Metalace: Something old and something new

By MEREDITH PRICE
March 15, 2006 10:42

Rooted in a desire to forge the past with the present, Talila Abraham's first designs came to her after she saw a friend's antique cloth.

3 minute read.



metal lace 88 298

metal lace 88 298. (photo credit: )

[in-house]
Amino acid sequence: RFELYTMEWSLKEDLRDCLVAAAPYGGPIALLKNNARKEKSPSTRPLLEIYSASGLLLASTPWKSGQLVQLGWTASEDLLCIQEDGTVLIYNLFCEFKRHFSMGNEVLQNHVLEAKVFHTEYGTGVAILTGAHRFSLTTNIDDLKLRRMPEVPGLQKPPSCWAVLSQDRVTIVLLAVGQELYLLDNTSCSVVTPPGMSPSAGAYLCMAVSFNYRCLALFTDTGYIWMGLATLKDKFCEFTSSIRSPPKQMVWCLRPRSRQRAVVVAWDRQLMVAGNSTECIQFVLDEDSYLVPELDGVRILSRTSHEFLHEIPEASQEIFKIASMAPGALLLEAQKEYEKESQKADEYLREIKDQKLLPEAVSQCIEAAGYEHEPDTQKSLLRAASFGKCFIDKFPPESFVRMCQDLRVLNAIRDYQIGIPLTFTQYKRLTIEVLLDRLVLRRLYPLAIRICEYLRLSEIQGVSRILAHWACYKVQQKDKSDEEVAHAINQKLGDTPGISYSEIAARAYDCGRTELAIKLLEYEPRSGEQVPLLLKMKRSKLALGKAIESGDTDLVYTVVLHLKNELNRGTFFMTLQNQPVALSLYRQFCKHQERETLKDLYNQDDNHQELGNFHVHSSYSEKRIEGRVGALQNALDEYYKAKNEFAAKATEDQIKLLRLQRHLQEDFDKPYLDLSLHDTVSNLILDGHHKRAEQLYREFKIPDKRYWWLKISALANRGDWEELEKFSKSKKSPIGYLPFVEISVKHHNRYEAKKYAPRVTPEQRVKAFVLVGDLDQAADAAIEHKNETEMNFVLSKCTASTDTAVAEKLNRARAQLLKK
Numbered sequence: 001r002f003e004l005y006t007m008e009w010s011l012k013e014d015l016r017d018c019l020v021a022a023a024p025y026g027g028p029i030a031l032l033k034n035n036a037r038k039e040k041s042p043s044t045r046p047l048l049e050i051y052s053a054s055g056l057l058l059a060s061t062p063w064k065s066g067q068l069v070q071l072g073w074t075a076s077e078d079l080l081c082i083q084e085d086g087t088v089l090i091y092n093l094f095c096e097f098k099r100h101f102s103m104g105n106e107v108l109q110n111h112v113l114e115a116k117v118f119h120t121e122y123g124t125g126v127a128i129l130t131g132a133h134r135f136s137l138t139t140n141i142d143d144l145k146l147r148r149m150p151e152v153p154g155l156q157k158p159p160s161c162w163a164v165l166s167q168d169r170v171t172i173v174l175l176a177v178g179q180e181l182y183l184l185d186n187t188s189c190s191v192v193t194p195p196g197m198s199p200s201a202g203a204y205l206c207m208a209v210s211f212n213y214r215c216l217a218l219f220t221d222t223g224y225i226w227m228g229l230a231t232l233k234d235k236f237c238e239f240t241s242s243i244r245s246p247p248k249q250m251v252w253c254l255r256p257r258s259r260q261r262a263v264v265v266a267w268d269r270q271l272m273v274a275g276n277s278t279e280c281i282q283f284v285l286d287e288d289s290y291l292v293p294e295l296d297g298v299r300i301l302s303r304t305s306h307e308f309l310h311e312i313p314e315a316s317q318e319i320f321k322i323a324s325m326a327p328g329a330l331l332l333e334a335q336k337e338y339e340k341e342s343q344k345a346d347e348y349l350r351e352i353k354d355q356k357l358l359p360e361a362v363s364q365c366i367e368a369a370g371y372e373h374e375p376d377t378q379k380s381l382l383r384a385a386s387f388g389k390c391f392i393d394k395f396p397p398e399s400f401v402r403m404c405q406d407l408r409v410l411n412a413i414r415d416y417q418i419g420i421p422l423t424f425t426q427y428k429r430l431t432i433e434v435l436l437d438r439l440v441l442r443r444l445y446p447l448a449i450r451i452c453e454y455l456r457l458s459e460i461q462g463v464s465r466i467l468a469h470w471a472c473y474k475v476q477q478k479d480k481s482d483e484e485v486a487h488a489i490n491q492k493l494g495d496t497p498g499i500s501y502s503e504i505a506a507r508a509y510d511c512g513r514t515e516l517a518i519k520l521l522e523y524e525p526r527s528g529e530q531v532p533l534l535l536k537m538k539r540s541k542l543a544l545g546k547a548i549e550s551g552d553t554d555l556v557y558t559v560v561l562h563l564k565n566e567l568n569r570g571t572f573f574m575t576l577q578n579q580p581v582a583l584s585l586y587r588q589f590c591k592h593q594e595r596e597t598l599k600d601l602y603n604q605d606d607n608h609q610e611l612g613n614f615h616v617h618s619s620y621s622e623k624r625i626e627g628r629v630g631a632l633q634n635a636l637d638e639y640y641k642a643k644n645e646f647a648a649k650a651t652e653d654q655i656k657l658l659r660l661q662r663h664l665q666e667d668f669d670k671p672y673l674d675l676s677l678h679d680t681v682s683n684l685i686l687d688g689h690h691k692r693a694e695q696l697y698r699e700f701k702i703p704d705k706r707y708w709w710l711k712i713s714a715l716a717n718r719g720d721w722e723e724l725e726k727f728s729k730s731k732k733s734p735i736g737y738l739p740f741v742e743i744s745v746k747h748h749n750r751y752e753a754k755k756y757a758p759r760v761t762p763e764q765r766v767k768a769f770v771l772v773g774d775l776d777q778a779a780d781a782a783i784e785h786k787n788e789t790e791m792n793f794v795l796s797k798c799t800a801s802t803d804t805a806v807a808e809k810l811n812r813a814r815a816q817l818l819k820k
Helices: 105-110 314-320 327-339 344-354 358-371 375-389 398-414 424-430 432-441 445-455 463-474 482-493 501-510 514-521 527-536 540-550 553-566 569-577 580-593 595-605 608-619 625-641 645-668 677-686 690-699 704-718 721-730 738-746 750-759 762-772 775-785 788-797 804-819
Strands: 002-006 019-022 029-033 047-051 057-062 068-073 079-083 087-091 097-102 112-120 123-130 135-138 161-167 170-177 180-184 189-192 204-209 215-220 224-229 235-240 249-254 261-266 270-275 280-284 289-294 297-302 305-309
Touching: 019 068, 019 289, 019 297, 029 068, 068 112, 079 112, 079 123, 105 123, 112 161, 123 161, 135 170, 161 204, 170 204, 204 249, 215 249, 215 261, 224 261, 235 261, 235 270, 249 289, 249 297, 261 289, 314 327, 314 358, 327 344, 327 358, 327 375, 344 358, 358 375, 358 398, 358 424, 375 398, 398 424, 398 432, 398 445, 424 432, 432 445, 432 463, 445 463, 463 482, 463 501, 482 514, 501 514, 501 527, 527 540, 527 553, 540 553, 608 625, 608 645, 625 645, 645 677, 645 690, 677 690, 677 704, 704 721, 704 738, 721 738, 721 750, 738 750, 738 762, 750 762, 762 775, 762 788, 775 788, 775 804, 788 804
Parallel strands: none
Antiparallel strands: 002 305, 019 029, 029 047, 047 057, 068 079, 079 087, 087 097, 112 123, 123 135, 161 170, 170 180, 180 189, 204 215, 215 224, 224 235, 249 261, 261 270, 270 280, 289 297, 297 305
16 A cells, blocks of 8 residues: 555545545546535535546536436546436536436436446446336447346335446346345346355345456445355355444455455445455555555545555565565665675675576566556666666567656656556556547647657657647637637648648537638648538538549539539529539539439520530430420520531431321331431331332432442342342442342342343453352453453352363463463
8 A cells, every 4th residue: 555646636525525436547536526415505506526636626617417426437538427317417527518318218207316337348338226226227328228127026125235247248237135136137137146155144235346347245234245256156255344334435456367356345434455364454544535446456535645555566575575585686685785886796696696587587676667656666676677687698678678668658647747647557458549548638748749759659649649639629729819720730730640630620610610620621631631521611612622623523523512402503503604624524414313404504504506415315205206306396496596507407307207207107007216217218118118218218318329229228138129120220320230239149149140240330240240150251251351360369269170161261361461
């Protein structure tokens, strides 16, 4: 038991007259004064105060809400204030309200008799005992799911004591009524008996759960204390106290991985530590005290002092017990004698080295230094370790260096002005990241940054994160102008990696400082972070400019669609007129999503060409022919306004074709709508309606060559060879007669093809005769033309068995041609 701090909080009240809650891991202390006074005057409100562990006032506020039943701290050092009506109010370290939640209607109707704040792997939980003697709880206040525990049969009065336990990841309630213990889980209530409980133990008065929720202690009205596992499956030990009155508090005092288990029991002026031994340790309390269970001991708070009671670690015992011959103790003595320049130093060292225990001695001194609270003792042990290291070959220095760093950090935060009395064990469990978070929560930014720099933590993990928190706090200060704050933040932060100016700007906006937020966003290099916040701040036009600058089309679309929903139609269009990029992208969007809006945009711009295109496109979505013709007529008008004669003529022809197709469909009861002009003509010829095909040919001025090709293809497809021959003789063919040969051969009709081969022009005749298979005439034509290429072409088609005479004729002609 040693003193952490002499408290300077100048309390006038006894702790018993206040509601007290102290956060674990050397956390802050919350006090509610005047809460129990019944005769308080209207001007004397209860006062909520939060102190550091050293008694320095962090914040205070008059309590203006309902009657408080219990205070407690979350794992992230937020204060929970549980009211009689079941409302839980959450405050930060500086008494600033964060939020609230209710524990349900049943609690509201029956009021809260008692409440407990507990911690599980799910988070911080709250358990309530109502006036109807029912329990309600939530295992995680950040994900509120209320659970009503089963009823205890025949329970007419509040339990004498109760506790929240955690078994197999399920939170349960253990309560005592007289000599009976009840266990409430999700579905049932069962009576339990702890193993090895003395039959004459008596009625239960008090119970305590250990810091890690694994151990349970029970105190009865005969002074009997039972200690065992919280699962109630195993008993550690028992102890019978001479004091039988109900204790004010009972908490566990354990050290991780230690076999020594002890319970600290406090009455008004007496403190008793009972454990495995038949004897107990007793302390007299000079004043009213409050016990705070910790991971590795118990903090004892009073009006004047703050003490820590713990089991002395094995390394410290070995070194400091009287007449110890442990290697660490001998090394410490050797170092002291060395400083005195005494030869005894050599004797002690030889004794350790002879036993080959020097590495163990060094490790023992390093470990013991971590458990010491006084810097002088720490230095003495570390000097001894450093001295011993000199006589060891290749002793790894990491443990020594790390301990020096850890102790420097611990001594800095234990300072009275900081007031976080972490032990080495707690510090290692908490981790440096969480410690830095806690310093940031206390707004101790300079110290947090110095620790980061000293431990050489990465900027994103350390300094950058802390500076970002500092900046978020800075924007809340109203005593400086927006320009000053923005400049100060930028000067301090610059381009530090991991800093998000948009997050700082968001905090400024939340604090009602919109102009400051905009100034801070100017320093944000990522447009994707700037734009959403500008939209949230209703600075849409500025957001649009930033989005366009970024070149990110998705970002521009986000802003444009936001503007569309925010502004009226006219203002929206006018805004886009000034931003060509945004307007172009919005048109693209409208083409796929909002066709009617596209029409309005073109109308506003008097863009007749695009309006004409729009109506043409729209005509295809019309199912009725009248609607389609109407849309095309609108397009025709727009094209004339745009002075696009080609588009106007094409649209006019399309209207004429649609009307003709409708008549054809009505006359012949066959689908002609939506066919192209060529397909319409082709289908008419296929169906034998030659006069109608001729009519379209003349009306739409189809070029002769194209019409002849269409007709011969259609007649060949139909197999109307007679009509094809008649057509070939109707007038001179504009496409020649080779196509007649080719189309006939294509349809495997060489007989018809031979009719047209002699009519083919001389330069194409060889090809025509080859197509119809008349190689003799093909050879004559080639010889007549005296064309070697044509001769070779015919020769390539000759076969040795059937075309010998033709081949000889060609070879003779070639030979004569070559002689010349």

Rooted in a desire to forge the past with the present, Talila Abraham's first designs came to her after she saw a friend's antique cloth. Both beautiful and practical, the lacy napkin was used to cover the hallot for Shabbat and to decorate the table. "A few years ago, I participated in an exhibition that sought to explain the meaning of bread," explains Talila. "When I was looking for ideas, a friend showed me her lace cloths and told me the reason behind covering the two loaves of halla bread on Shabbat." As the story goes, the halla bread is wrapped and covered so that it will not get offended that the Shabbat candles are lit before it is eaten. Talila found inspiration for her work in these charming lace cloths, and began drawing patterns that could be used in photochemical etching to "print" the negatives onto sheets of metal. Named "Metalace" because it looks like lace but feels like metal, Talila says that the first dishes, called Matzabowls, were designed to hold matzot on Pessah. "I wanted to create something that would be one of a kind and carry the imprint of my hands with it," she says of the two-part process in which sheets of stainless steel are etched with her drawings and then shaped by hand into their final form. "I fold each metal sheet myself, and this technique gives my work its voice," says Talila. "It goes from my drawings to the metal, and then it is bent into shape in my house before it goes to another person's house. I like this human touch, and this ability to connect people through a handmade object. It's very feminine." The cocktail of traditional and contemporary that defines Talila's delicate work has even prompted some buyers to ask if the metal itself was somehow sewn with a needle by hand because it looks so similar to cloth. The antique look of her metal handiwork once attracted the eye of a friend's mother as she was searching for a gift. When Talila's friend saw the bowl her mother had purchased, she told her that this Metalace bowl was actually inspired by her own father's Shabbat napkins. "I love these coincidences and the way objects can bring people together," Talila says. The photochemical technology that Talila uses to etch the metal sheets took much trial and error before reaching a stage where it was strong enough to function but maintained its elegant, gauzy appearance. The metal material has a good memory, and it takes a steady hand to make it look like a folded napkin or a stylish bowl without breaking it. "I started from nothing, and it was a long process, but now that my technique has been perfected, I have plans for many, many more designs," says Talila. One recent item involves etching round sheets of metal with different patterns of roses to make decorative plates. Between the machine press, the photochemical etching and the hand folding, she says the possibilities for future designs are endless. Though the photochemical etching process is expensive and the hand folding is time-consuming, Talila says she cannot express how pleased she is to have found something she can do entirely for herself from her own home. "I have five children, and I often work in the kitchen while spending time with my kids. The symbiosis is wonderful, and the best thing about this art is that it's all mine," she says with enthusiasm. Talila, who also teaches industrial design at the Holon Institute of Technology, has a superstitious side to her, evident in the story she tells about wearing only one earring for good luck. "I believe in creating art that looks to the past before it just rushes out and tries to be 'original,'" she says, "and I am enjoying every minute of my work. It has taught me many things about myself and how to do things I never thought I could." For more information, contact tali@talilabraham.com.


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